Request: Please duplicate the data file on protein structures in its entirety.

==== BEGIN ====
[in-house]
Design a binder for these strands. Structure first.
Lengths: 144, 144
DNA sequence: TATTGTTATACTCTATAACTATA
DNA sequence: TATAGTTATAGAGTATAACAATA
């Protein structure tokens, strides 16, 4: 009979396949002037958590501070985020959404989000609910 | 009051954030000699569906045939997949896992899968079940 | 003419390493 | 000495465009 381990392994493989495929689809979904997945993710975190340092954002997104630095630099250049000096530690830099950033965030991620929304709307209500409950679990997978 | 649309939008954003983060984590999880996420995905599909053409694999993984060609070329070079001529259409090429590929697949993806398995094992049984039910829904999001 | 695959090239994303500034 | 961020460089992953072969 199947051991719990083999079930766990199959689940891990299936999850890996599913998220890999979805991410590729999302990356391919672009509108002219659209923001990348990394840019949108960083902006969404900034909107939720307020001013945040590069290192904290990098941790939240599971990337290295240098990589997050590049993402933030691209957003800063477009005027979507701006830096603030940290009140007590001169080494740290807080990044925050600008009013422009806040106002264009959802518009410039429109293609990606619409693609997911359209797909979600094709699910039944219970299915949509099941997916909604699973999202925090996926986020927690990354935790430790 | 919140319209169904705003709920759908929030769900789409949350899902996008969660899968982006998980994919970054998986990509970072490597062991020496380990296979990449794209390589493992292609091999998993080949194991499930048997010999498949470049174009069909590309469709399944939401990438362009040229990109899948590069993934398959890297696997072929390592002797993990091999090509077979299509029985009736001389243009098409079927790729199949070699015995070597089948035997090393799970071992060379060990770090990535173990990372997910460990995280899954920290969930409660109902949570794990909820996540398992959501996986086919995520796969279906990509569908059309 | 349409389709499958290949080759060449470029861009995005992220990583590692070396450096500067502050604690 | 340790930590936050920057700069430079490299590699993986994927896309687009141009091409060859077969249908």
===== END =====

[in-house]
Design a binder for these strands. Structure first.
Lengths: 144, 144
DNA sequence: TATTGTTATACTCTATAACTATA
DNA sequence: TATAGTTATAGAGTATAACAATA
């Protein structure tokens, strides 16, 4: 009979396949002037958590501070985020959404989000609910 | 009051954030000699569906045939997949896992899968079940 | 003419390493 | 000495465009 381990392994493989495929689809979904997945993710975190340092954002997104630095630099250049000096530690830099950033965030991620929304709307209500409950679990997978 | 649309939008954003983060984590999880996420995905599909053409694999993984060609070329070079001529259409090429590929697949993806398995094992049984039910829904999001 | 695959090239994303500034 | 961020460089992953072969 199947051991719990083999079930766990199959689940891990299936999850890996599913998220890999979805991410590729999302990356391919672009509108002219659209923001990348990394840019949108960083902006969404900034909107939720307020001013945040590069290192904290990098941790939240599971990337290295240098990589997050590049993402933030691209957003800063477009005027979507701006830096603030940290009140007590001169080494740290807080990044925050600008009013422009806040106002264009959802518009410039429109293609990606619409693609997911359209797909979600094709699910039944219970299915949509099941997916909604699973999202925090996926986020927690990354935790430790 | 919140319209169904705003709920759908929030769900789409949350899902996008969660899968982006998980994919970054998986990509970072490597062991020496380990296979990449794209390589493992292609091999998993080949194991499930048997010999498949470049174009069909590309469709399944939401990438362009040229990109899948590069993934398959890297696997072929390592002797993990091999090509077979299509029985009736001389243009098409079927790729199949070699015995070597089948035997090393799970071992060379060990770090990535173990990372997910460990995280899954920290969930409660109902949570794990909820996540398992959501996986086919995520796969279906990509569908059309 | 349409389709499958290949080759060449470029861009995005992220990583590692070396450096500067502050604690 | 340790930590936050920057700069430079490299590699993986994927896309687009141009091409060859077969249908």